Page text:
Matt Bush is battling for a spot on the Rangers’ Opening Day roster this Spring Training, but this challenge is far from the toughest thing the right-hander has faced in his life.
Though he was selected as an infielder with the No. 1 overall pick in the 2004 MLB Draft, he shifted to pitcher in 2007, while in the Padres' farm system. But then, Bush had a wave of off-the-field issues through his time in the Minors from 2009-12, including multiple alcohol-related arrests before he was sentenced to 51 months in prison following his involvement in a near-deadly crash with a motorcyclist.
Bush served 39 months of his sentence and was released on Oct. 30, 2015. He was signed by the Rangers on Dec. 18, 2015. Bush didn’t make his Major League debut until May 13, 2016, when he then became a vital part of the Rangers' bullpen. He pitched 61 2/3 innings with a 2.48 ERA in his debut season.
He's been bouncing between the Minors and the big league club since. Bush underwent Tommy John surgery on Sept. 19, 2018, and he only pitched in Double-A Frisco the following season before COVID-19 shut down the Minor League season in '20.
“I've had plenty of obstacles to overcome in my life,” Bush said. “I'm just really excited to be here. I feel like God put me in a place with this organization. And with all the help, and them treating me like family from day one. I've just been trying to follow through with the commitment the Rangers have given me.”
Bush views this season and this spring as another sort of comeback as he works his way back to the Rangers' bullpen at 35 years old. With Jonathan Hernández shut down with a UCL injury, Bush has a real shot to get innings out of the back end of the bullpen with the big league club.
Bush pitched in his first Cactus League game on Tuesday against Cleveland, tossing a scoreless inning with one strikeout. He said that moment was filled with emotions for him, so much so that it felt like his first strikeout in the Majors again.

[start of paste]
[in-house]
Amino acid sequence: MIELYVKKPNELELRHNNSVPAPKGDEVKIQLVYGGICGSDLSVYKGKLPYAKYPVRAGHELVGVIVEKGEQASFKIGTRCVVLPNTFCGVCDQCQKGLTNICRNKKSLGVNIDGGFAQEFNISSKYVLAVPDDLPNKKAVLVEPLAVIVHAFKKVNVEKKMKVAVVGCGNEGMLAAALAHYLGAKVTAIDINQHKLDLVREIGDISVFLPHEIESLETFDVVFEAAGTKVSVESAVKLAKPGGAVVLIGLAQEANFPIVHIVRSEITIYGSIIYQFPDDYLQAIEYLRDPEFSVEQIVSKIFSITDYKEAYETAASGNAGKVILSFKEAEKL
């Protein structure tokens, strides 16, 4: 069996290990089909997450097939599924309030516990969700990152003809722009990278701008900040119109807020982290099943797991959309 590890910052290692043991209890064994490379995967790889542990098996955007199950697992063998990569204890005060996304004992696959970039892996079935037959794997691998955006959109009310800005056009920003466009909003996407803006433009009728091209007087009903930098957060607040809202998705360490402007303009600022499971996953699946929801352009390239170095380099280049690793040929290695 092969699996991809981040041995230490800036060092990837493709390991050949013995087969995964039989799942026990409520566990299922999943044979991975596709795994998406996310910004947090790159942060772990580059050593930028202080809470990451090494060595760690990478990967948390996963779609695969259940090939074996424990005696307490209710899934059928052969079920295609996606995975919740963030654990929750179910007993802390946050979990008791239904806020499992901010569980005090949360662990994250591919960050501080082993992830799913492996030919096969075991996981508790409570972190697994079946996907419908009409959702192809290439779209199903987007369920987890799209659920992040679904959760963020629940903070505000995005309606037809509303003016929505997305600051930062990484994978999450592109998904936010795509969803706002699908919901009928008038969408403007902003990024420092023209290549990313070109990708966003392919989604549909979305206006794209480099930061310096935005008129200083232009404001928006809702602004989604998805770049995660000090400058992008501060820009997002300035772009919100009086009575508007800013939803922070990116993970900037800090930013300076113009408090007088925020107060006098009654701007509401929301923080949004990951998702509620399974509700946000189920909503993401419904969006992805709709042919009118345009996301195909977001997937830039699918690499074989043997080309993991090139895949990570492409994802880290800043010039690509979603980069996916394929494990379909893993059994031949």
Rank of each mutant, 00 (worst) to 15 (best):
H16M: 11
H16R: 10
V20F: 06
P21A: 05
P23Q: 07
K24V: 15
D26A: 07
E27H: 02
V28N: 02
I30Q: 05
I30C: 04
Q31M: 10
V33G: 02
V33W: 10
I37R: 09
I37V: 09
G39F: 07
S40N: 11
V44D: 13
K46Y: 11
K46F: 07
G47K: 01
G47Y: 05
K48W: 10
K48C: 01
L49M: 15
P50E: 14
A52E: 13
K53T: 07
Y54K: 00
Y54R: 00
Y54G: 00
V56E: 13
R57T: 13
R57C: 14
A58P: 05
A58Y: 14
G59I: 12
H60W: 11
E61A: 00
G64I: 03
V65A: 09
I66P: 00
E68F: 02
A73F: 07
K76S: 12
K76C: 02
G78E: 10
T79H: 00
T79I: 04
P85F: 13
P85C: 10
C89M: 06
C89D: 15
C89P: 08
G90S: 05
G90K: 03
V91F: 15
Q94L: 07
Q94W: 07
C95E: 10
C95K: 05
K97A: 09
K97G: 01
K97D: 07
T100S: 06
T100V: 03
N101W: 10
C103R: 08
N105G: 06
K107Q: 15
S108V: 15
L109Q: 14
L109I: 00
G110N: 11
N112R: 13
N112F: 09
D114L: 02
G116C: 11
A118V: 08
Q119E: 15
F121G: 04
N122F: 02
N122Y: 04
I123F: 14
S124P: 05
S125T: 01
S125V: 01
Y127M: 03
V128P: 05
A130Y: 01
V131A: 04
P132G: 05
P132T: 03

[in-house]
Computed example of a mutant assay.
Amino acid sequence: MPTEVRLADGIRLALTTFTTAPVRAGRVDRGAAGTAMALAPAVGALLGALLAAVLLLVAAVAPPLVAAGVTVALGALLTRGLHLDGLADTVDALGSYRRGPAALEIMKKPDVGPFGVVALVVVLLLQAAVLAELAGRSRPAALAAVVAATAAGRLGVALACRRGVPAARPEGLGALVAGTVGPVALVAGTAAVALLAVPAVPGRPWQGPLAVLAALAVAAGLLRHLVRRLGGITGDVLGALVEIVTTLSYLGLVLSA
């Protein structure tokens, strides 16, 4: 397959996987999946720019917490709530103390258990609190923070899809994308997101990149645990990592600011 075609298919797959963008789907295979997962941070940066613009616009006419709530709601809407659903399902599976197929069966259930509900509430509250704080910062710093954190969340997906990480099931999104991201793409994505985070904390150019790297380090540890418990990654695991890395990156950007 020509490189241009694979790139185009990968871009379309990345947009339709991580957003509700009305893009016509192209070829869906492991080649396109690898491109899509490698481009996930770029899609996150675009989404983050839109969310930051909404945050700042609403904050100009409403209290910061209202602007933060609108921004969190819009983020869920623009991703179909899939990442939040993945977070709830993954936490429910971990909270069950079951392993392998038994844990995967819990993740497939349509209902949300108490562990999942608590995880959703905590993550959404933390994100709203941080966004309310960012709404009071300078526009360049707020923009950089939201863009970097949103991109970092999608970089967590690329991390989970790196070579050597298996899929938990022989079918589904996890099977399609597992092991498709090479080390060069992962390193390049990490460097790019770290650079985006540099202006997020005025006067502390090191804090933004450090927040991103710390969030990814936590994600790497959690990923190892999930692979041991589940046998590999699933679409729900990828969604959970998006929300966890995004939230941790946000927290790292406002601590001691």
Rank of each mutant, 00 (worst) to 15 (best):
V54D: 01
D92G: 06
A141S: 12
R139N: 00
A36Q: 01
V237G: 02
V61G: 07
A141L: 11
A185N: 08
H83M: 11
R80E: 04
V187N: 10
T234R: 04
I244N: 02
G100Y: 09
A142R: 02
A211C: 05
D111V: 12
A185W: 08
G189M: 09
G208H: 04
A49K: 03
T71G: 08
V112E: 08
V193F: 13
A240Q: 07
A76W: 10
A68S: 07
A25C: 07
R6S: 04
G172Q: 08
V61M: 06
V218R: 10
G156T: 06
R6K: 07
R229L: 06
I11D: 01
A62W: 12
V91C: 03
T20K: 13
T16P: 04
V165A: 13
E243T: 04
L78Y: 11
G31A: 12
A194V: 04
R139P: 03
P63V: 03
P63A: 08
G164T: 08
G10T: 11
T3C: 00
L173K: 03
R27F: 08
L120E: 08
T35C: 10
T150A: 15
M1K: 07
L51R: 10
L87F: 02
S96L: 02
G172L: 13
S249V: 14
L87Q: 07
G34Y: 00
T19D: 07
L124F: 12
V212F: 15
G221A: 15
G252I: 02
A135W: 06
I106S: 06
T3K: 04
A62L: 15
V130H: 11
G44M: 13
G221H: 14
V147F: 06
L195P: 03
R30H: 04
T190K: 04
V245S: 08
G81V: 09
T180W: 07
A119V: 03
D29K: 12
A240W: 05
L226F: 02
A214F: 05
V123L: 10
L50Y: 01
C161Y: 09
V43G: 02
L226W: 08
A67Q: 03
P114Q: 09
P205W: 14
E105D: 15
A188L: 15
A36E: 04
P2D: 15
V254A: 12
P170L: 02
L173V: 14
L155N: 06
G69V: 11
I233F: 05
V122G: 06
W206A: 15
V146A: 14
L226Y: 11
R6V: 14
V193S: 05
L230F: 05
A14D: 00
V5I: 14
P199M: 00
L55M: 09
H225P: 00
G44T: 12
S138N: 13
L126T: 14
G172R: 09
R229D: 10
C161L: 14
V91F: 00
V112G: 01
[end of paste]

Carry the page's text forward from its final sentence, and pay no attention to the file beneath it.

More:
“He said he actually felt like a pitcher [on Tuesday],” Rangers manager Chris Woodward said. “He said in the past, he was just trying to throw the ball as hard as he could. Today, he actually felt like a pitcher. He was trying to use his cutter. It was really good to see. He was really excited coming out of it. To throw the ball well, throw strikes, stuff like good is a real positive force.”
Woodward emphasized how important it is to have a guy like Bush in camp as the Rangers focus on the organizational rebuild. Bush is a guy with experience both in and outside of baseball.
Bush shares those experiences with the younger pitchers on a daily basis, whether it be about the ups and downs of the game or his struggles in other facets of life. Bush likes being able to help the young guys in the bullpen.
“Obviously there's a lot of relatability there,” Woodward said. “It means a lot to guys when he shares those stories because of that leadership. This game and life has a way of making it difficult sometimes. For him to share those stories with his younger players, it means a lot.”
Bush also said he was tossing an easy 95 mph during his bullpen session on Tuesday. He’s persevered this long, through prison and injuries, and everything in between, because he believes he belongs in Major League Baseball.
“I've always had the talent, the drive, the desire,” Bush said. “I love this game. I have a never quit mentality and I feel like I have so much to offer. When you make people proud, especially family and friends, I really enjoy it. I really thrive off of it, and I love the game of baseball. I want to stay as long as I possibly can.”
Raining homers in Peoria
In a 17-5 win over the Mariners on Wednesday at Peoria Stadium, the Rangers combined for six home runs, including two by non-roster invitee outfielder Jason Martin. Texas had 18 total hits in the seven-inning victory.
The 17 runs scored tied the club record for most runs in a Cactus League game since 2003. The previous time was on March 4, 2005, against the Royals.
“It was good to see our guys break out,” Woodward said. “We took some really good swings. I know some of those may not have been home runs in certain ballparks, but they were driven in the gap. Some of those would have been doubles, or extra-base hits for sure."
Martin’s second home run cleared the lawn behind the right-field wall and Woodward called it a “blast.” Jose Trevino, Eli White, Adolis Garcia and John Hicks also hit homers.
Martin is batting .667 through nine games this spring. Woodward said he’s turned heads in camp with his swing and how he carries himself, so the skipper wanted to give Martin a chance to start out the game in left field.
“I want to see him in the outfield, in all three spots,” Woodward said. “But from a character standpoint, and intelligence standpoint, this kid's a really heady ballplayer, just soaking up everything that we can give them. The hitting coaches have raved about him.”
Woodward said Martin is an “easy call-up” at this point, if he doesn’t make the Rangers' Opening Day roster because of how well he’s performed in camp.